5.2) Select the first account register in YNAB4 and then use the Import button at the top of the register and point to the import file corresponding to that account. In the import window ensure that the correct account to import the data to is selected in the pull down menu, if not you will import to the wrong account and will have to start over. Ensure that the check box ”Include transactions dated before account start date” is selected if it is visible, some accounts in my case did not have that box.  Ensure sure that the date format pull down menu is selected to Month/Day/Year. Ensure the Memos box is checked at the bottom to import the memo field, do not check the swap with payees box.

 

5.3 Now select the blue Import button at the bottom right of the import window to import all transactions to the selected account.

 

5.4 In the selected account window approve all imported transactions. You should not have any caution messages but if you do the culprit may be a mis-spelled account or category name, or a missed category. I had some the first attempt because I did not rename the “Inflow: Ready to Assign” to “Income: Available this month” category to match YNAB4.

 

5.) Repeat steps 5.2 – 5.4 for each account. Do not worry about each account balance until you have all accounts imported.

 

6.0) Compare each account in YNAB 4 with each account in nYNAB to ensure the balances match, more than likely they will not. If they do not match sort the account in YNAB4 and nYNAB with the same order to facilitate troubleshooting. The most likely culprit will be the starting balance transactions, I had trouble with those transactions not matching. Manually adjust those in YNAB 4 to match nYNAB. Others have also experienced this same issue. This did not happen on all of my accounts but YNAB4 seemed to just make up numbers for starting balance in some accounts.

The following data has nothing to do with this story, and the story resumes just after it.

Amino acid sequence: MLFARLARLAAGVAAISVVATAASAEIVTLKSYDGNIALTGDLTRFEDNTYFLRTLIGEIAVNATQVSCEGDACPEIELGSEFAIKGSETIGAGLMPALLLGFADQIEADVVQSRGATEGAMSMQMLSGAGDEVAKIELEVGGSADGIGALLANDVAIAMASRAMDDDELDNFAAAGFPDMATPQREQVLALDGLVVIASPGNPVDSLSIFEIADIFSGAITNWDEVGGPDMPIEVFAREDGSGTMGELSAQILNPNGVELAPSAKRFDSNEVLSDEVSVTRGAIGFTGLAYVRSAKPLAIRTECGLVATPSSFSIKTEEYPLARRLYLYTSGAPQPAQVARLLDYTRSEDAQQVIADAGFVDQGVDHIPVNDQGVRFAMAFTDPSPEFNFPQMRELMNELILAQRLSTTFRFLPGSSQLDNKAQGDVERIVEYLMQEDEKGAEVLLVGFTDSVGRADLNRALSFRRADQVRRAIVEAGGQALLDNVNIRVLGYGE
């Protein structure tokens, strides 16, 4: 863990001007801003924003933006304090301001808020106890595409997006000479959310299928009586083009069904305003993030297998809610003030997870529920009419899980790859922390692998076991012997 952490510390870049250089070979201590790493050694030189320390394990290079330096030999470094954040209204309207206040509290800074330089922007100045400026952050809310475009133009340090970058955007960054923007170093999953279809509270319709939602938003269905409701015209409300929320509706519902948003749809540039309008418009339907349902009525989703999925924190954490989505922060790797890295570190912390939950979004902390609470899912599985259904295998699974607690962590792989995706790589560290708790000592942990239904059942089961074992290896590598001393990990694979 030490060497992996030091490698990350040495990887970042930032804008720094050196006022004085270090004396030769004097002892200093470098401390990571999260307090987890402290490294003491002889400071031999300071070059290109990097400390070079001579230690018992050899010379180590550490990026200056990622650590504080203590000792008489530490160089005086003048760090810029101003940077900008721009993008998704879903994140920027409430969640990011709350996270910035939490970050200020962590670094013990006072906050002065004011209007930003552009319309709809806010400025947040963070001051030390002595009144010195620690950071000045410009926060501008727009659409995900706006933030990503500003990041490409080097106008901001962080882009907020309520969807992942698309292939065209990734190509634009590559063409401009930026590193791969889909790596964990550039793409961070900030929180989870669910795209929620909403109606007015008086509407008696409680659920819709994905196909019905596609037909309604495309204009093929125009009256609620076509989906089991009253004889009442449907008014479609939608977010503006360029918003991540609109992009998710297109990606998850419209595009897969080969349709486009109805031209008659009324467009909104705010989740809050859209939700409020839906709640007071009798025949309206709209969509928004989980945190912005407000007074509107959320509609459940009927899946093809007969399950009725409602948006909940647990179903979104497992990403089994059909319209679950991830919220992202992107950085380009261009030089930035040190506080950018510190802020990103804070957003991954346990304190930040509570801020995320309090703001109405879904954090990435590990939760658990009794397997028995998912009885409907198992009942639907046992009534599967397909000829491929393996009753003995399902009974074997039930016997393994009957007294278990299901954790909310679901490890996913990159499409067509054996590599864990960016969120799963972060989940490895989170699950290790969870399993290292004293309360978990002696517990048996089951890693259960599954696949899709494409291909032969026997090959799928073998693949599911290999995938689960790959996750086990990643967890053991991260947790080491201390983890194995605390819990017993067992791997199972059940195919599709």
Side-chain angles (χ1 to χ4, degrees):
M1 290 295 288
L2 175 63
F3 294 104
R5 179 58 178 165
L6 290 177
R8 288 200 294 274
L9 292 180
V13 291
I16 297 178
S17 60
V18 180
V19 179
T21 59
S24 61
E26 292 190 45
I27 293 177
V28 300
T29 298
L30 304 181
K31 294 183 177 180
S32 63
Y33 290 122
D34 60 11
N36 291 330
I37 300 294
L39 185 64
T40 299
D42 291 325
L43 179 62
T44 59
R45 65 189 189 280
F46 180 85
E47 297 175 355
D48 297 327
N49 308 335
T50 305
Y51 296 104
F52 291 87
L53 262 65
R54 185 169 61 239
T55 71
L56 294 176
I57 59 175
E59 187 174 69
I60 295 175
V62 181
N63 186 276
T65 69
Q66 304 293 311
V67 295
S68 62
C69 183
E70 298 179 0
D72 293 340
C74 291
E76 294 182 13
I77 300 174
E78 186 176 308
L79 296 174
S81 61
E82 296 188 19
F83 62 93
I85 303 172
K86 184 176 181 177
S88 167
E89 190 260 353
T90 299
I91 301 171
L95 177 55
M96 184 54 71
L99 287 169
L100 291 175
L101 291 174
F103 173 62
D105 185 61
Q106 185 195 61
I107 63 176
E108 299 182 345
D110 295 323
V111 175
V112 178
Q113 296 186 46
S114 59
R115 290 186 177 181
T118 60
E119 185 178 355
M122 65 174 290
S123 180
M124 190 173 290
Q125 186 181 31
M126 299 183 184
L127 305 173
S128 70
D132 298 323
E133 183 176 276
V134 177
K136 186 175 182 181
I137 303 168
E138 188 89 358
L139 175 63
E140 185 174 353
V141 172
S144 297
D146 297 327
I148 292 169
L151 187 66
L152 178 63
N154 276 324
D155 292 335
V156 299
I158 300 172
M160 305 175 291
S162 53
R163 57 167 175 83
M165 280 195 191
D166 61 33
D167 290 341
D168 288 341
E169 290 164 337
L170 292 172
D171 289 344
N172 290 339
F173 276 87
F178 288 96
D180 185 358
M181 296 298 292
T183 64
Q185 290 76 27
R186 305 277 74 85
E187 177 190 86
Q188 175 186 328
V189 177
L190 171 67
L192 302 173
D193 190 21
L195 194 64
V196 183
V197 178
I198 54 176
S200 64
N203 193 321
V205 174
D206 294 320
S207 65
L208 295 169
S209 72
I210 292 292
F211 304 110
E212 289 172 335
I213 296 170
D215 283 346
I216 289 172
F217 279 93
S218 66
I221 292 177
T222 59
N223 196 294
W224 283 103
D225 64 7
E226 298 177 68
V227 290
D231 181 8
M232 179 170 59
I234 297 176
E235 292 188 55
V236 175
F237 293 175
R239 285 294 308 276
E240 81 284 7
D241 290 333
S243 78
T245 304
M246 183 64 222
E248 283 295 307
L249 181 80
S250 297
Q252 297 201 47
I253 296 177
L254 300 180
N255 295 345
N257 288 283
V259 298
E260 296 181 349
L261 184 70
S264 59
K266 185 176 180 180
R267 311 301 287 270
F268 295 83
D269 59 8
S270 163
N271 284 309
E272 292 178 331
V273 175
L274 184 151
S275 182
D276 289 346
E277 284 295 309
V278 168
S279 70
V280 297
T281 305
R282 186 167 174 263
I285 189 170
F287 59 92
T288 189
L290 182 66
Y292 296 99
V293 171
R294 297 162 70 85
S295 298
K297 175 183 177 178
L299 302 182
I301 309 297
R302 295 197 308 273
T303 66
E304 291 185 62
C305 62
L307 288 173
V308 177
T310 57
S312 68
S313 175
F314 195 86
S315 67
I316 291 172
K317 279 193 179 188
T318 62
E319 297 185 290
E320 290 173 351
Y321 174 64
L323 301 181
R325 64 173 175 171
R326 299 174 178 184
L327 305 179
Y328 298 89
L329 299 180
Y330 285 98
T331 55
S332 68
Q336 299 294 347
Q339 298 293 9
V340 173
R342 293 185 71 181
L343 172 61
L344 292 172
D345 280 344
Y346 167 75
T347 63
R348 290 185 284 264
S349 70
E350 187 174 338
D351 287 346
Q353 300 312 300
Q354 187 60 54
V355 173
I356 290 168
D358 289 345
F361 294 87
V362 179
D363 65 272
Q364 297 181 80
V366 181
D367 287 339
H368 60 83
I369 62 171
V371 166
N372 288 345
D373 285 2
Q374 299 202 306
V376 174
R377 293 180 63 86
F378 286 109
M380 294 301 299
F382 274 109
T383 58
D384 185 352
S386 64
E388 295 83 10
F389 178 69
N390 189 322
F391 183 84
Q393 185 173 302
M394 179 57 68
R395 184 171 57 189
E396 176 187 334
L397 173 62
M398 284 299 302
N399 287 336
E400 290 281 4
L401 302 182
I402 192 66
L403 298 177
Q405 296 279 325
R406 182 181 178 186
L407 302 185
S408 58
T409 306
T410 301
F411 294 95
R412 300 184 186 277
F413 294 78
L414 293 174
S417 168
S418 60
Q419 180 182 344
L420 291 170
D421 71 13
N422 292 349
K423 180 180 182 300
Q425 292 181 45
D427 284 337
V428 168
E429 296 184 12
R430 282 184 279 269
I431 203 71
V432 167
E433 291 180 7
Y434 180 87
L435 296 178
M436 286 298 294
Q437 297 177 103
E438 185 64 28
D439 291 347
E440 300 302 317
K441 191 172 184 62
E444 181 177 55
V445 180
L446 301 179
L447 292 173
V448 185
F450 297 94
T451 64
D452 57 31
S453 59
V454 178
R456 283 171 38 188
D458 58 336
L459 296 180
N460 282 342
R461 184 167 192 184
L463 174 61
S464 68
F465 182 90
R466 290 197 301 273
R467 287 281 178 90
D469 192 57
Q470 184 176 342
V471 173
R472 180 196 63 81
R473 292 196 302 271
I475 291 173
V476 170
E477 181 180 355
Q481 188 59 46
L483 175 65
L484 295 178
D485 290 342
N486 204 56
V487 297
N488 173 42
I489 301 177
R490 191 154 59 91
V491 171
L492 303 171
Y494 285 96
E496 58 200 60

7.0) You can now go to your budget screen and allocate the budget as desired.  Feel free to optimize this manual procedure and repost.

5replies Oldest first
  • Oldest first
  • Newest first
  • Active threads
  • Popular
  • Very interesting procedure...will have to look at this more closely this evening....Thanks ynaber2613

    Like
    • DosBoss57 It is a labor intensive process.  If you have a lot of accounts you may want to try the semi automated process in the link at the top of the procedure.  I could not get the Python script to run due to syntax errors.  I have another nYNAB file that I want to export back to YNAB4, I think I will try the Python process again to see if I can get it to work.

      Like
      • SgtBatten
      • "YNAB broke" since 2013
      • SgtBatten
      • 1 mth ago
      • Reported - view

      ynaber2613 Seems to be incompatible with windows (at least some builds) currently

      Like
    • SgtBatten I am actually using a Mac, I probably typed the script wrong or was using the incorrect version of Python.  I noticed later that Mac recommends Python version 3.x and will not recognize version 2.x in the next OS release.  Also, Superbone posted his exact script, I have not tried that yet.  I will try Python version 3.x later and see if it works with the correct script syntax.

      Like
    • SgtBatten  I actually used the manual method for my last file to export to YNAB4.  I only had 13 accounts in that file so the manual method worked fine, I did not feel like trying the Python script.  I have also gotten used to the manual method and it was rote by the time I exported that file.

      Like
Like2 Follow
  • 2 Likes
  • 1 mth agoLast active
  • 5Replies
  • 118Views
  • 2 Following